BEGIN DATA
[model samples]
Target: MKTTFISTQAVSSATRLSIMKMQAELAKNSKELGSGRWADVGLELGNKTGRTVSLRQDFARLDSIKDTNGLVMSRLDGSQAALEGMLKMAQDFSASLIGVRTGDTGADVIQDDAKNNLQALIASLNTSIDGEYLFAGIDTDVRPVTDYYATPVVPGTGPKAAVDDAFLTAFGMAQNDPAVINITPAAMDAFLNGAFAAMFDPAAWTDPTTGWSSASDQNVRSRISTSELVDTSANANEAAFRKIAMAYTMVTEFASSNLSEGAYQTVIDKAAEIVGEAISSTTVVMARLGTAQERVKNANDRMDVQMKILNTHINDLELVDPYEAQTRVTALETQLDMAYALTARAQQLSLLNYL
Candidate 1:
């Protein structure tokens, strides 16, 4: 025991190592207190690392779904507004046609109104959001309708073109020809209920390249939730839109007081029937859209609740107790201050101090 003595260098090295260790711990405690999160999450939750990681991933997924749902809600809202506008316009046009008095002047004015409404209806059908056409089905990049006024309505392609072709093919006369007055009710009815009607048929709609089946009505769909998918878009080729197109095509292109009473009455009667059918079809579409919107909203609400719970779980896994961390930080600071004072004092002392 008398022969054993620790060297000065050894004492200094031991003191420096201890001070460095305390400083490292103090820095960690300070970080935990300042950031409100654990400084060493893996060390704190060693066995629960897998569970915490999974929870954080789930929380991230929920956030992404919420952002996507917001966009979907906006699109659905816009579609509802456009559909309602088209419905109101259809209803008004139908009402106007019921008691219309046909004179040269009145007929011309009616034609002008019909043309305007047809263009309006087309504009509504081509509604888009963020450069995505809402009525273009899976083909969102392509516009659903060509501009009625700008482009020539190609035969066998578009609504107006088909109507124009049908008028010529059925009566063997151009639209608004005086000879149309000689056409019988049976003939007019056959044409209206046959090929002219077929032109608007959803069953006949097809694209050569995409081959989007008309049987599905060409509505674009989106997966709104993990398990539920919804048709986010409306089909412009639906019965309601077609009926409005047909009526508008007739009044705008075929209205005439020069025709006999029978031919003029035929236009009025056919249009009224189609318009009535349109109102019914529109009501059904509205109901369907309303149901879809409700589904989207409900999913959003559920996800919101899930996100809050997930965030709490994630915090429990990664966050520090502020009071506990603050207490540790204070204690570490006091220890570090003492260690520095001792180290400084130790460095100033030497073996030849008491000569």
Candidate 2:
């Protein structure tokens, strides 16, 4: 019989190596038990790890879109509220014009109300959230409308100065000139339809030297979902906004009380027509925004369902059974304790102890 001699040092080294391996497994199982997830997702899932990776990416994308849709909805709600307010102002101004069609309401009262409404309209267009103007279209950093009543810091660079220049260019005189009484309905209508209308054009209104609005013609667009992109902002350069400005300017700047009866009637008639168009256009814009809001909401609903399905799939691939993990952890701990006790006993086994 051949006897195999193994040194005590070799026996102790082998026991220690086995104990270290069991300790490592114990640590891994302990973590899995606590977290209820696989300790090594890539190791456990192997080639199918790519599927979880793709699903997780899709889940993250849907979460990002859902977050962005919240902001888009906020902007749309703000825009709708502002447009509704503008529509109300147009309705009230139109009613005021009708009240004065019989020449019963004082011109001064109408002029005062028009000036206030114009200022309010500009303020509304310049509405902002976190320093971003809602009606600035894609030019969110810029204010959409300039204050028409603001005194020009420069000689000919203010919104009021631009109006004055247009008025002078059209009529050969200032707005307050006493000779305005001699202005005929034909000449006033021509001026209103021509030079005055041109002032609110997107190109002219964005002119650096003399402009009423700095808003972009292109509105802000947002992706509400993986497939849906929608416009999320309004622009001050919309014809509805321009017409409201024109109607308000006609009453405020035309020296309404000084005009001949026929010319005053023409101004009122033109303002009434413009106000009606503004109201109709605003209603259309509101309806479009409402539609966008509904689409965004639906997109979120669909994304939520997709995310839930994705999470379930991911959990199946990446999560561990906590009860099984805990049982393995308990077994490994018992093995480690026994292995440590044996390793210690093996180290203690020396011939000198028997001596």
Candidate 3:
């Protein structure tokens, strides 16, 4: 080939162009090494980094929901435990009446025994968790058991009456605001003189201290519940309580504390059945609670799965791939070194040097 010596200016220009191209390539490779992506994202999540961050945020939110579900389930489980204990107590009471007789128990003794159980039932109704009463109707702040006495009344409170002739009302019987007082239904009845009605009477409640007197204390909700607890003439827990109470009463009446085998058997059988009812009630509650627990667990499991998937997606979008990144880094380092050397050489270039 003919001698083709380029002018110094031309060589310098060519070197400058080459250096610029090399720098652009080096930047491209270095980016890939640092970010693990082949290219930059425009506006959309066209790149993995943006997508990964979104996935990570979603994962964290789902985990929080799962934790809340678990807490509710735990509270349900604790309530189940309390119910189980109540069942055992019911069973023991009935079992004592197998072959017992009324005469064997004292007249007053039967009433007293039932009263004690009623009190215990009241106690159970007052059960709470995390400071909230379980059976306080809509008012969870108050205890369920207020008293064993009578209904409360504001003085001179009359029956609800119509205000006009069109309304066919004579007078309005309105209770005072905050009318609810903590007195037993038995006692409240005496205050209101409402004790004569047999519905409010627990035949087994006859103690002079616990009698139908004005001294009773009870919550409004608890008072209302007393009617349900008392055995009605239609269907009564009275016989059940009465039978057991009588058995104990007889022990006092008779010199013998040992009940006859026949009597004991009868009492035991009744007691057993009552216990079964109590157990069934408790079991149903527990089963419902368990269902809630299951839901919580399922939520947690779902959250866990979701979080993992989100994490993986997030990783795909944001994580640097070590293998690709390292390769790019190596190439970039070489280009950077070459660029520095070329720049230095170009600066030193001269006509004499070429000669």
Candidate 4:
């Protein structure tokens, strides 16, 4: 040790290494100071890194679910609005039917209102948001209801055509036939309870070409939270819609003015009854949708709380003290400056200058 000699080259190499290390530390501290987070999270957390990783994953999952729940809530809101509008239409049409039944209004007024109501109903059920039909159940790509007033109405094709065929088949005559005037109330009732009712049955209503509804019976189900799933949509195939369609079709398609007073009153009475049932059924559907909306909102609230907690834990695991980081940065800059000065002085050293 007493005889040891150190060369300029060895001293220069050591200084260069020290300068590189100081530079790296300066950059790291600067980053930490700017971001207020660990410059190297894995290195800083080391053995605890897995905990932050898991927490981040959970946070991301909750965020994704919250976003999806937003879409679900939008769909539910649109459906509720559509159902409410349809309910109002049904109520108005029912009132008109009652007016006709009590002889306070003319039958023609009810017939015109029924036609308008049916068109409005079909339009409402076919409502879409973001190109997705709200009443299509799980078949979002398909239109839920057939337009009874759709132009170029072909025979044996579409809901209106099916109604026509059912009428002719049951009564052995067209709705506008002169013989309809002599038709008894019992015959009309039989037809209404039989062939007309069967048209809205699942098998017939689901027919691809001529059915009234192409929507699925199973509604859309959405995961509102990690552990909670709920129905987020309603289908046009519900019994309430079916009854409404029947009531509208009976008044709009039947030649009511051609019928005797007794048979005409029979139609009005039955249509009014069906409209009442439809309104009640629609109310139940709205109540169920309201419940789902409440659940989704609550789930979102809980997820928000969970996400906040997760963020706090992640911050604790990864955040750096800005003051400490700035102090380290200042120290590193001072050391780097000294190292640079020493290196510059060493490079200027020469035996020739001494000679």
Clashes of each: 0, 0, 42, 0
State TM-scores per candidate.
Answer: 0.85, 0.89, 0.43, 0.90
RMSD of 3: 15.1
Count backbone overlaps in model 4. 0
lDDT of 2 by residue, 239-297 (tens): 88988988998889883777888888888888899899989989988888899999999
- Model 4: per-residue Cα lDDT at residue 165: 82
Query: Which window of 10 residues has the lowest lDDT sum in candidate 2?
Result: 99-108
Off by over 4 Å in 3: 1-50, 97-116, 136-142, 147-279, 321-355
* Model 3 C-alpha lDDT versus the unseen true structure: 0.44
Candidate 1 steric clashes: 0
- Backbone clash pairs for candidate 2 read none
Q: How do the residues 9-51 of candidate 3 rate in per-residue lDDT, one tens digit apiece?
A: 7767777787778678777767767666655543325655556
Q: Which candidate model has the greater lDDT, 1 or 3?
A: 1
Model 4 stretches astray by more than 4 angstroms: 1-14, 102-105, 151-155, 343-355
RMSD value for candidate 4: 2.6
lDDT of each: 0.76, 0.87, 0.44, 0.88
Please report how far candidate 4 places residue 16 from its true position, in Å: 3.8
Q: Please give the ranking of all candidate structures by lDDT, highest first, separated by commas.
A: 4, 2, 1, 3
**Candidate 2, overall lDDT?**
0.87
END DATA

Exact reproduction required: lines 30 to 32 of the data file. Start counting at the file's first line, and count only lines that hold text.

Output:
lDDT of each: 0.76, 0.87, 0.44, 0.88
Please report how far candidate 4 places residue 16 from its true position, in Å: 3.8
Q: Please give the ranking of all candidate structures by lDDT, highest first, separated by commas.